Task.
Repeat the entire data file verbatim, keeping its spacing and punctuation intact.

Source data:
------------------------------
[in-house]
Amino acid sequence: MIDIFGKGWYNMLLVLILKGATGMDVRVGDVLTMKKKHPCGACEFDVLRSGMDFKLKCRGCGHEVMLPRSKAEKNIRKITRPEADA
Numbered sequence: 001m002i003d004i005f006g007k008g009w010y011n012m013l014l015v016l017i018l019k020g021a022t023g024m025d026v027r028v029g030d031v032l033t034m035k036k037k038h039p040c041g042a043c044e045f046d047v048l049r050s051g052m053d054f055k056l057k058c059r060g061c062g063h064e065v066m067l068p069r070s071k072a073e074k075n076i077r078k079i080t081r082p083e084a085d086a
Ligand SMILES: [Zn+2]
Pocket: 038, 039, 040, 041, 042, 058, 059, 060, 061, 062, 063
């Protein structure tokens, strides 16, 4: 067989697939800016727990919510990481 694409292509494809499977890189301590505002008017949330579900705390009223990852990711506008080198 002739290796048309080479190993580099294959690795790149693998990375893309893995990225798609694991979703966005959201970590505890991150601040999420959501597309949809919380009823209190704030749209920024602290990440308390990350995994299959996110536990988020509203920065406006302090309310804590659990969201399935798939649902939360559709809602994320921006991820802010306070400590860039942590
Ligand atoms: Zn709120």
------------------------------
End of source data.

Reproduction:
[in-house]
Amino acid sequence: MIDIFGKGWYNMLLVLILKGATGMDVRVGDVLTMKKKHPCGACEFDVLRSGMDFKLKCRGCGHEVMLPRSKAEKNIRKITRPEADA
Numbered sequence: 001m002i003d004i005f006g007k008g009w010y011n012m013l014l015v016l017i018l019k020g021a022t023g024m025d026v027r028v029g030d031v032l033t034m035k036k037k038h039p040c041g042a043c044e045f046d047v048l049r050s051g052m053d054f055k056l057k058c059r060g061c062g063h064e065v066m067l068p069r070s071k072a073e074k075n076i077r078k079i080t081r082p083e084a085d086a
Ligand SMILES: [Zn+2]
Pocket: 038, 039, 040, 041, 042, 058, 059, 060, 061, 062, 063
């Protein structure tokens, strides 16, 4: 067989697939800016727990919510990481 694409292509494809499977890189301590505002008017949330579900705390009223990852990711506008080198 002739290796048309080479190993580099294959690795790149693998990375893309893995990225798609694991979703966005959201970590505890991150601040999420959501597309949809919380009823209190704030749209920024602290990440308390990350995994299959996110536990988020509203920065406006302090309310804590659990969201399935798939649902939360559709809602994320921006991820802010306070400590860039942590
Ligand atoms: Zn709120």